See the original problem on HackerRank.
Solutions
The problem can be solved with a greedy algorithm: replace all 010
with
011
. Anytime a replace is performed, a counter is incremented:


The code above works inplace but it does modify the input string.
The following snippet, instead, does a copy of the string and exploits a few patterns (replace, sum, map, zip):


This one implements the same idea in C++ (much more verbose):


A slightly different solution consists in:
 removing all
010
from the string  subtracting the final length from the original length
 dividing the result by 3 (because we have removed 3 characters at a time)
That's the implementation in Java:


It's worth mentioning an alternative “just for fun” solution by Elia Giacobazzi and Roberto Melis:


Inplace readonly solutions
Actually, we can do even better not changing the string at all and working inplace.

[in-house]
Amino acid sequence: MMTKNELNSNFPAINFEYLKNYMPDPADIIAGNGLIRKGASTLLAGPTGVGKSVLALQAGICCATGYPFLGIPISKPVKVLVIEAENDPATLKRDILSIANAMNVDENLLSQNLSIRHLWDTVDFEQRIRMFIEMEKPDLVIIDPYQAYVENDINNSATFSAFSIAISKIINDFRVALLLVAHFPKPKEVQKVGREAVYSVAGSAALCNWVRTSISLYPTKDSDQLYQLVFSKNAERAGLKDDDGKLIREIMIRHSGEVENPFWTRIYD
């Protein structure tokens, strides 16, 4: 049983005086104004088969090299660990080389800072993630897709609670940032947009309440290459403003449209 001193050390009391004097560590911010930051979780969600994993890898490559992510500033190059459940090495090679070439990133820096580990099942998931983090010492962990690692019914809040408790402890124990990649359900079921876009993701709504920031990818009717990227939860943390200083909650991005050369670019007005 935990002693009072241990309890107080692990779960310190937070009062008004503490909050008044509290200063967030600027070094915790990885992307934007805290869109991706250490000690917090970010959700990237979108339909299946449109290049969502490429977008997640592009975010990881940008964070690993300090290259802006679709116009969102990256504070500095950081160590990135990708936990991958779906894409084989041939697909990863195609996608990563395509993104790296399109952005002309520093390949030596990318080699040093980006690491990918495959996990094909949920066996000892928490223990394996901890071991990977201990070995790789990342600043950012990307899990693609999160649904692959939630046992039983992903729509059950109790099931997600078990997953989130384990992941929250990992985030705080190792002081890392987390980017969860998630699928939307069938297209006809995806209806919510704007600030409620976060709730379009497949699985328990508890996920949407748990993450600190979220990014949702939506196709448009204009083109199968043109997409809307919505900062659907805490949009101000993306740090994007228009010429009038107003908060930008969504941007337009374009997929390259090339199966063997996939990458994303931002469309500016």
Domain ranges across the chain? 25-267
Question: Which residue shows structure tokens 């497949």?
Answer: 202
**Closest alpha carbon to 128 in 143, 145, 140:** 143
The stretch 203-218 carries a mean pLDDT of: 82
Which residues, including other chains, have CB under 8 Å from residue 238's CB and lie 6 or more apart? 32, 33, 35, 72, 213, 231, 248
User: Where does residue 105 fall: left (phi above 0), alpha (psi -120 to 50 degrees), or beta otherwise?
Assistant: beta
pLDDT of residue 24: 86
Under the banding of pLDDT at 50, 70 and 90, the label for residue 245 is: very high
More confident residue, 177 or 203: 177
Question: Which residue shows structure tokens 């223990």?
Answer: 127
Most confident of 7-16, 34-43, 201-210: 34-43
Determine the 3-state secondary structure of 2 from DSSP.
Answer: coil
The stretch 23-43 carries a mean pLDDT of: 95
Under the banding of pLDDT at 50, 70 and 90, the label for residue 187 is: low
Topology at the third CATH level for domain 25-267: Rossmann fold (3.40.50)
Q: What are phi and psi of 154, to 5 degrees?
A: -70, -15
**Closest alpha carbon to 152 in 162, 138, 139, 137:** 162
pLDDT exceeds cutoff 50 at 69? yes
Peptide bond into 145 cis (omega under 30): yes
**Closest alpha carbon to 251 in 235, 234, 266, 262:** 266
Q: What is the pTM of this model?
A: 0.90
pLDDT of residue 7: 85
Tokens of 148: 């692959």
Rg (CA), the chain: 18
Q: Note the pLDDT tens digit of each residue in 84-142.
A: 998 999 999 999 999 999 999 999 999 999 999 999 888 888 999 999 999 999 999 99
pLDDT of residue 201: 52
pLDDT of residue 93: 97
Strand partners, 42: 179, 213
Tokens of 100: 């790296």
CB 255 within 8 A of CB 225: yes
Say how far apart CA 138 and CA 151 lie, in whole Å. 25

Simple observation: anytime we find an overlapping match like “01010”, we can ideally turn the middle “0” into “1” and fix both “010” matches. Basically, if we search for “010” we should just ignore overlapping matches.
Python's count
does what we mean:


We basically count how many times the pattern “010” appears in the input string, ignoring overlapping matches.
Haskell breakOnAll
finds all nonoverlapping instances of needle in haystack.


It can be done in C, using the function strstr
to search the pattern and
search the next occurrence starting from the end of the just found one. strstr
return a pointer (in this example p
) to the first character of the needle.
In the next loop, the pointer p
is incremenented by 3, i.e. the needle length.
Solution by Michele Liberi


A very similar idea in a more verbose C++ snippet:


If we find a match for “010” we increment a counter. Since we can ideally turn the last “0” to “1”, the next possible match is 2 steps away from the current position.
We discussed a bit about the tradeoff inplace vs copy.
Stream
This solution can handle a possible infinite input.


And can be translated to pure functional style in Haskell, using foldl
:


Alternatives
Another one that is left to the reader is the flexibility of the solution when the pattern to match changes.